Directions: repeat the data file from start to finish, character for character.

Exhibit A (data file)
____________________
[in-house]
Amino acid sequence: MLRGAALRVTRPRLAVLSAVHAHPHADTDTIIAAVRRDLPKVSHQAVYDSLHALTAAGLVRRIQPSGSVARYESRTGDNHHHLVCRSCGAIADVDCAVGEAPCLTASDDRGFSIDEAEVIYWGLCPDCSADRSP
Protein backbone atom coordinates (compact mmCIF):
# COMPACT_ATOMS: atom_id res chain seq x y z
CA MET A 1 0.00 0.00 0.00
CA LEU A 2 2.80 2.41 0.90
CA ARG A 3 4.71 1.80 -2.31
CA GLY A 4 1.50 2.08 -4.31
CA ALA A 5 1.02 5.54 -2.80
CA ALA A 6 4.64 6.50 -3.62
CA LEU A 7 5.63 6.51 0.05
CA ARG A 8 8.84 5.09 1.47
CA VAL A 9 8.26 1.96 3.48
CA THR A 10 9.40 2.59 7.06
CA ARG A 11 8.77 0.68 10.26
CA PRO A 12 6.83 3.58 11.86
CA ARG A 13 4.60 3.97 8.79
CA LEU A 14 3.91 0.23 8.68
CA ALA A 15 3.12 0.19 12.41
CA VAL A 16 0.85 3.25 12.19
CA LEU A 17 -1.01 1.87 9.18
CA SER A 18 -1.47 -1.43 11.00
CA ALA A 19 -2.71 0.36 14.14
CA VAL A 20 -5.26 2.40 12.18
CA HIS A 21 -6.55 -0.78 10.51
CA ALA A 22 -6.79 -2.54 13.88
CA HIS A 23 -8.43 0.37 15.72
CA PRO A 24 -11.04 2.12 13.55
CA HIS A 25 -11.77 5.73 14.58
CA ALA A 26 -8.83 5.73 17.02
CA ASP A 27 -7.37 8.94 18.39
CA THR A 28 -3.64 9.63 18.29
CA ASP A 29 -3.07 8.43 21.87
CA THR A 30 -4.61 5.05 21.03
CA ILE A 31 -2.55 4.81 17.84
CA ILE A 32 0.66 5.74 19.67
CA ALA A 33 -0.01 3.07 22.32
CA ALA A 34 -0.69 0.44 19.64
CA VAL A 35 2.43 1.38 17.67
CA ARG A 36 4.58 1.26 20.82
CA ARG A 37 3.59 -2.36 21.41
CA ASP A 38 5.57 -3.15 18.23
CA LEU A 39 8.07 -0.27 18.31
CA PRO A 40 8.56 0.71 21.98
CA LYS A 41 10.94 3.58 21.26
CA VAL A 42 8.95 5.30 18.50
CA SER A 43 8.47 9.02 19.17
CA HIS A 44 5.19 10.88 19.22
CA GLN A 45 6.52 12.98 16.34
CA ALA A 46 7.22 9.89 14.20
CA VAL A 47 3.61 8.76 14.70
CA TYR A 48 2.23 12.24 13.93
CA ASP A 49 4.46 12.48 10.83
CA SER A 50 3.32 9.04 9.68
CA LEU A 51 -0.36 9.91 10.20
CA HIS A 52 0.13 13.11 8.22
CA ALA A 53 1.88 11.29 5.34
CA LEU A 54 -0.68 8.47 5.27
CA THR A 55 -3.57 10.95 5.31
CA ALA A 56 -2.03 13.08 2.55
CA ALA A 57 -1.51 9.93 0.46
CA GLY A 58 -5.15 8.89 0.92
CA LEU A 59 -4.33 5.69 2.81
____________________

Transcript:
[in-house]
Amino acid sequence: MLRGAALRVTRPRLAVLSAVHAHPHADTDTIIAAVRRDLPKVSHQAVYDSLHALTAAGLVRRIQPSGSVARYESRTGDNHHHLVCRSCGAIADVDCAVGEAPCLTASDDRGFSIDEAEVIYWGLCPDCSADRSP
Protein backbone atom coordinates (compact mmCIF):
# COMPACT_ATOMS: atom_id res chain seq x y z
CA MET A 1 0.00 0.00 0.00
CA LEU A 2 2.80 2.41 0.90
CA ARG A 3 4.71 1.80 -2.31
CA GLY A 4 1.50 2.08 -4.31
CA ALA A 5 1.02 5.54 -2.80
CA ALA A 6 4.64 6.50 -3.62
CA LEU A 7 5.63 6.51 0.05
CA ARG A 8 8.84 5.09 1.47
CA VAL A 9 8.26 1.96 3.48
CA THR A 10 9.40 2.59 7.06
CA ARG A 11 8.77 0.68 10.26
CA PRO A 12 6.83 3.58 11.86
CA ARG A 13 4.60 3.97 8.79
CA LEU A 14 3.91 0.23 8.68
CA ALA A 15 3.12 0.19 12.41
CA VAL A 16 0.85 3.25 12.19
CA LEU A 17 -1.01 1.87 9.18
CA SER A 18 -1.47 -1.43 11.00
CA ALA A 19 -2.71 0.36 14.14
CA VAL A 20 -5.26 2.40 12.18
CA HIS A 21 -6.55 -0.78 10.51
CA ALA A 22 -6.79 -2.54 13.88
CA HIS A 23 -8.43 0.37 15.72
CA PRO A 24 -11.04 2.12 13.55
CA HIS A 25 -11.77 5.73 14.58
CA ALA A 26 -8.83 5.73 17.02
CA ASP A 27 -7.37 8.94 18.39
CA THR A 28 -3.64 9.63 18.29
CA ASP A 29 -3.07 8.43 21.87
CA THR A 30 -4.61 5.05 21.03
CA ILE A 31 -2.55 4.81 17.84
CA ILE A 32 0.66 5.74 19.67
CA ALA A 33 -0.01 3.07 22.32
CA ALA A 34 -0.69 0.44 19.64
CA VAL A 35 2.43 1.38 17.67
CA ARG A 36 4.58 1.26 20.82
CA ARG A 37 3.59 -2.36 21.41
CA ASP A 38 5.57 -3.15 18.23
CA LEU A 39 8.07 -0.27 18.31
CA PRO A 40 8.56 0.71 21.98
CA LYS A 41 10.94 3.58 21.26
CA VAL A 42 8.95 5.30 18.50
CA SER A 43 8.47 9.02 19.17
CA HIS A 44 5.19 10.88 19.22
CA GLN A 45 6.52 12.98 16.34
CA ALA A 46 7.22 9.89 14.20
CA VAL A 47 3.61 8.76 14.70
CA TYR A 48 2.23 12.24 13.93
CA ASP A 49 4.46 12.48 10.83
CA SER A 50 3.32 9.04 9.68
CA LEU A 51 -0.36 9.91 10.20
CA HIS A 52 0.13 13.11 8.22
CA ALA A 53 1.88 11.29 5.34
CA LEU A 54 -0.68 8.47 5.27
CA THR A 55 -3.57 10.95 5.31
CA ALA A 56 -2.03 13.08 2.55
CA ALA A 57 -1.51 9.93 0.46
CA GLY A 58 -5.15 8.89 0.92
CA LEU A 59 -4.33 5.69 2.81